I lurk a bit on GG&A, but don't post much. I would agree that 99.994%of them would hate this idea. When I was the age most of you are now, I lugged around a couple of Marshall heads, and 2-4x12 cabs. I'm just not going to do that now, and I don't think you have to.

I agree HtH, most people won't know what kind of rig you have, or care. I saw Robert Cray a couple of years ago, and there was hardly anything on the stage, but the sound kicked @$$. I think there are ways to get good results with less stuff now, but Cray isn't about Metal or shredding either.
#17
Quote by Freunleven
Given the advancement of floor modeling units in recent years, is it even practical to use amps for live gigs anymore? Isn't it much more simple and cost-effective to just buy a modeling unit and run it into the PA? Or is there a certain feeling that comes from having your own amp, separate from the rest of the gear . . . . until its mic'ed and run into the PA mix?


exactly what advancement are you talking about, because floor modelers have been the same repackaged shit for years. yeah, maybe some newer versions have more bells and whistles, brighter lights and shinier knobs, but it's still the same crappy dual rec wannabe in a box.

fractal has come close, and they're leading the pack.

to re-word, "close" to the real mccoy tube amp is leading the modelling pack.

also, wrong thread.


EDIT: highway, I agree that the average joe doesn't "know" about tone or sound like "we" do. that is, they can't aticulate it the same way with our accepted jargon... to a joe more bite from your amp might make him think there are bears in the venue, but it doesn't mean he wouldn't diferentiate between a clean amp and a dirty one. Daniel J. Levitin wrote a book called This Is Your Brain On Music a few years back that addresses this and similar concepts that I can't recommend enough for anyone interrested in the way in which we perceive sound and "music."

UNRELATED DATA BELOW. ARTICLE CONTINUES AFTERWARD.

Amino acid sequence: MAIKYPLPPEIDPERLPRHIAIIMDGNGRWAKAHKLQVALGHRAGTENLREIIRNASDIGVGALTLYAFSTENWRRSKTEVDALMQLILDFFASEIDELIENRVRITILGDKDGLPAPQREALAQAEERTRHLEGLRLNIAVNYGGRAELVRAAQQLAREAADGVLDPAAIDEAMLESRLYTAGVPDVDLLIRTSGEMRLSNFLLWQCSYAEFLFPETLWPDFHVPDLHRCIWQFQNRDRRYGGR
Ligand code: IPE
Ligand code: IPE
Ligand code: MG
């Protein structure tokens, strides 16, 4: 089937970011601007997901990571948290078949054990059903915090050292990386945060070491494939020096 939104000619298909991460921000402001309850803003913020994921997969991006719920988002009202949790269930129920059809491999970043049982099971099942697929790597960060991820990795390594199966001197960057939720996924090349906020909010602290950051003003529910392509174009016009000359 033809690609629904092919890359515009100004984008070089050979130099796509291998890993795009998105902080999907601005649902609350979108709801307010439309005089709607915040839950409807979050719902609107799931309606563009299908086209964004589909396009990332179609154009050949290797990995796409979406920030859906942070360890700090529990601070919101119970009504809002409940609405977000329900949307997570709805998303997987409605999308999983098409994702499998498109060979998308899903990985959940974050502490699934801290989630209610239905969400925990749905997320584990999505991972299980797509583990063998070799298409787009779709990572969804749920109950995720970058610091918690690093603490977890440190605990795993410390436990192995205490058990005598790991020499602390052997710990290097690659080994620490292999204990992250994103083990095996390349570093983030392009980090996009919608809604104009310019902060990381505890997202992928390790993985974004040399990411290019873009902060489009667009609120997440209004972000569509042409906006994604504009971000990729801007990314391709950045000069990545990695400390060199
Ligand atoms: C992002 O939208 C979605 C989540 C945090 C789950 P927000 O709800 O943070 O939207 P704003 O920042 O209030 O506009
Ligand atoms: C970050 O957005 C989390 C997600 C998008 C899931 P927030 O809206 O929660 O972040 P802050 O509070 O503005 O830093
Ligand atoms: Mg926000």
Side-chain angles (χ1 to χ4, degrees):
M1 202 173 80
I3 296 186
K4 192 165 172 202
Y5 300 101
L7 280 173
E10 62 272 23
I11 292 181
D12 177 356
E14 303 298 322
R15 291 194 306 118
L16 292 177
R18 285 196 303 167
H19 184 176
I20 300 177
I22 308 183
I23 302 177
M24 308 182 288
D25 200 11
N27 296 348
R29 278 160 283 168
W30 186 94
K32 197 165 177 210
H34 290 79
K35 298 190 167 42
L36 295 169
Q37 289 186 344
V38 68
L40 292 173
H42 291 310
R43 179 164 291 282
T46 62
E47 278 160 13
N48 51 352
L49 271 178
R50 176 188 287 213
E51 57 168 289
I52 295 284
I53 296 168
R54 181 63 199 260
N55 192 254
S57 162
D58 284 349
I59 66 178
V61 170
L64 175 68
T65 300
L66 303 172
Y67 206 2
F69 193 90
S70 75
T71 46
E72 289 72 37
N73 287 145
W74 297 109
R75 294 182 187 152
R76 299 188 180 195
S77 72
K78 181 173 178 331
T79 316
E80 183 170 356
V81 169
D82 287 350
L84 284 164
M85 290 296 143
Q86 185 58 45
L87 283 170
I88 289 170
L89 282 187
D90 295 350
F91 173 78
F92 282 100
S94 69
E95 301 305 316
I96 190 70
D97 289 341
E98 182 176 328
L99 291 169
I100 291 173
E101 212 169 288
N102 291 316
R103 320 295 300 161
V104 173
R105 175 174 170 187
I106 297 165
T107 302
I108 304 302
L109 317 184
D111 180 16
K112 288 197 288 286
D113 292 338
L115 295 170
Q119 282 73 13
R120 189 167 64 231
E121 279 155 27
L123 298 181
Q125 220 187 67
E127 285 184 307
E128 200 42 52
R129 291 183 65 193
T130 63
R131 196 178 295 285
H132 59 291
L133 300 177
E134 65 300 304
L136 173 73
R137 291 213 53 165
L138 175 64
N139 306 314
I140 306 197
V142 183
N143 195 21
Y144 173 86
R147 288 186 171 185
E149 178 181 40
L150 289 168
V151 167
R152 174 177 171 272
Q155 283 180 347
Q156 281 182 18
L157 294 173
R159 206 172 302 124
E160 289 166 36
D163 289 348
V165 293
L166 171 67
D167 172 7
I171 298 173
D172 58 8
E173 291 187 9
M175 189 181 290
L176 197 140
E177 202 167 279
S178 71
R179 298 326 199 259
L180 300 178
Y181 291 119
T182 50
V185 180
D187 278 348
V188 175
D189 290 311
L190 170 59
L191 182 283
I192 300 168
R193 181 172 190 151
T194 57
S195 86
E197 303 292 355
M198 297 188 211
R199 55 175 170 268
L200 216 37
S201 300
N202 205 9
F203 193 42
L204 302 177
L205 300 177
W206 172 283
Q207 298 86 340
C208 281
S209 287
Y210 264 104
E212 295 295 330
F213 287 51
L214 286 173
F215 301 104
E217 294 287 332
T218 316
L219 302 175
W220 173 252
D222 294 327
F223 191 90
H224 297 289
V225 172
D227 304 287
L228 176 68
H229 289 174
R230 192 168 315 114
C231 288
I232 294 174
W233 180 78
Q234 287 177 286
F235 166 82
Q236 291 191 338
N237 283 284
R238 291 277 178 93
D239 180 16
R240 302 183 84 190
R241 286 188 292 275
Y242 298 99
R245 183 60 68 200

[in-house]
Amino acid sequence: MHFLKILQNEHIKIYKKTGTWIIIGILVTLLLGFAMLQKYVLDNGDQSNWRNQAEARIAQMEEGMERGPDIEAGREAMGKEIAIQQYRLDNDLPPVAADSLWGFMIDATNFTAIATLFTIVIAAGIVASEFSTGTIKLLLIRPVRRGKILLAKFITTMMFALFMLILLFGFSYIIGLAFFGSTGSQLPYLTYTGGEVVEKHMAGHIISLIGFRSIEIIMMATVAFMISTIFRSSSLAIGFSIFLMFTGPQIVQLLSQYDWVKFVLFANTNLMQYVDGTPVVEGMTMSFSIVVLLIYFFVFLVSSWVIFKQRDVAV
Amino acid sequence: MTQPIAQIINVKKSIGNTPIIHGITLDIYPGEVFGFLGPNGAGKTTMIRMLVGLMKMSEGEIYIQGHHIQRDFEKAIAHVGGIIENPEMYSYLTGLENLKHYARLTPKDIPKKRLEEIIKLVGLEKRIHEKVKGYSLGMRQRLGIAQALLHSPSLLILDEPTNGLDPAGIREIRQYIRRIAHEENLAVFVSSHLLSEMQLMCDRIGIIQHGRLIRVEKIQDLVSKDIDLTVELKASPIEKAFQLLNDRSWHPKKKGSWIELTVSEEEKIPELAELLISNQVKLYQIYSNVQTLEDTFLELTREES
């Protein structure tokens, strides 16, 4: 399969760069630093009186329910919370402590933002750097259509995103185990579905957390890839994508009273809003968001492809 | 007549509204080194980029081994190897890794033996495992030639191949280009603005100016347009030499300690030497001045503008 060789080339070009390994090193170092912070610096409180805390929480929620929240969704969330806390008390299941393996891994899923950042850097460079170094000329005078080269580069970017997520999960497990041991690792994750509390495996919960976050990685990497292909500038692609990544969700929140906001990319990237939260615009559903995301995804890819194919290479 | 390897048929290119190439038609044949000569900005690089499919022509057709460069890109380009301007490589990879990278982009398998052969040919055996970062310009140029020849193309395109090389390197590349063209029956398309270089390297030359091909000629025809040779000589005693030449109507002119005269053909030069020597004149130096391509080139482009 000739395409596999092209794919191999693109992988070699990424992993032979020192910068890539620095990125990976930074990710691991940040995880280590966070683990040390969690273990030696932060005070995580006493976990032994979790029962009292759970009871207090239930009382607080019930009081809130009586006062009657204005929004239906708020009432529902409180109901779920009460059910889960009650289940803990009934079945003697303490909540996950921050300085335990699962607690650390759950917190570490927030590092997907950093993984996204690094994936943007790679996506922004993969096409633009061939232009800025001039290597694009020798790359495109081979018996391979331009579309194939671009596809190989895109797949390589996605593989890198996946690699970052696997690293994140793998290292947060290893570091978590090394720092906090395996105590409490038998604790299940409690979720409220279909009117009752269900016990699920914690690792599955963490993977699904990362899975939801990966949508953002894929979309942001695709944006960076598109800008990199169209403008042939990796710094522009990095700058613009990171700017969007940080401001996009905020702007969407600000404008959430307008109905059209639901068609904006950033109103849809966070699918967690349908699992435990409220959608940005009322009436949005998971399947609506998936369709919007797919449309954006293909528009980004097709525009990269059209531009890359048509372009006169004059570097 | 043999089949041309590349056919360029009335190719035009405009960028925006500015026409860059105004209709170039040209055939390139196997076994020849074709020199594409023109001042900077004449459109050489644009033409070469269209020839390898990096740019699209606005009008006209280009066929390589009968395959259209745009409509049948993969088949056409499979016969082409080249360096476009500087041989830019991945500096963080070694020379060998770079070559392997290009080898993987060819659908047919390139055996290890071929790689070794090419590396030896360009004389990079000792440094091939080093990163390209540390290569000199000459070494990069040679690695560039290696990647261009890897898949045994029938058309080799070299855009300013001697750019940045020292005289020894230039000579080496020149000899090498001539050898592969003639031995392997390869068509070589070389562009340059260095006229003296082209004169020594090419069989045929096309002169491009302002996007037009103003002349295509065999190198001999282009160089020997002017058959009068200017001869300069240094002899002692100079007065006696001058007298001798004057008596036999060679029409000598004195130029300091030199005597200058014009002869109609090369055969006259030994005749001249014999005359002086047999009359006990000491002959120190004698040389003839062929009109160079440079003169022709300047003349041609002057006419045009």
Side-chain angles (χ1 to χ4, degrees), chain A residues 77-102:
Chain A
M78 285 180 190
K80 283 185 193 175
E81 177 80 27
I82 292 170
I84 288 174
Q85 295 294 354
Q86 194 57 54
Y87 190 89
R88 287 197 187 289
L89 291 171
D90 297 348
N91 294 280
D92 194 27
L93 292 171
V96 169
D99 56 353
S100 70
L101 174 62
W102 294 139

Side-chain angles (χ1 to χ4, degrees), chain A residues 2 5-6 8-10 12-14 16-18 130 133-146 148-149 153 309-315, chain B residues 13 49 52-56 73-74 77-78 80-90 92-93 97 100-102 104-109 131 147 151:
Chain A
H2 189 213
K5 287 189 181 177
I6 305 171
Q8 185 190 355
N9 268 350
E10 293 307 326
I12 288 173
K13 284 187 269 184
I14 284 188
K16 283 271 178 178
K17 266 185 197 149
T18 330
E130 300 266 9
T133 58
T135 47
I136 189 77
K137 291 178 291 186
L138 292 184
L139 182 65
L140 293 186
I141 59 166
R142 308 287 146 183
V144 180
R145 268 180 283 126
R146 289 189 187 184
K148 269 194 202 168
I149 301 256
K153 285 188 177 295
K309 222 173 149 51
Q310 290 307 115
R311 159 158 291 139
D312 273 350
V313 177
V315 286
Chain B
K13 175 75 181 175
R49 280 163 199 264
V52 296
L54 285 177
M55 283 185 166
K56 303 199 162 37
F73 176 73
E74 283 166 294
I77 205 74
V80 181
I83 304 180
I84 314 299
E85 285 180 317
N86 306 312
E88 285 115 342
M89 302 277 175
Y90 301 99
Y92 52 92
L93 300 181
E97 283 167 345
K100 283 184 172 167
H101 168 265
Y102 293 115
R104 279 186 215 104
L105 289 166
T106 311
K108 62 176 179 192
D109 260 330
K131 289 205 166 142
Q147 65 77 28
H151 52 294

http://www.amazon.com/This-Your-Brain-Music-Obsession/dp/0525949690
Last edited by GrisKy at Dec 9, 2009,
#18
I'll agree with you too Gris, but the extent some people go to in pursuit of "perfect tone" gets nearly ridiculous. It isn't that I don't continue tweaking my rig, but at a certain point, it's more for me than an audience. I would never discourage anyone from trying to get the tone they want, but there is no perfect tone.
#19
I think that amp modelling, such as guitar rig and amplitube, should be used in line with an amp... So you control your effects with your midi controller, and maybe even some of your main settings, but still retain the amp... Would you rather take a big ass rack/pedalboard, a tonne of leads, power cables, etc. as well as an amp, or a macbook, and a footcontroller?
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#20
Even though I trusted my playing to a processor, I would be really wary of trusting my gig success to a Windows or Mac OS.

CT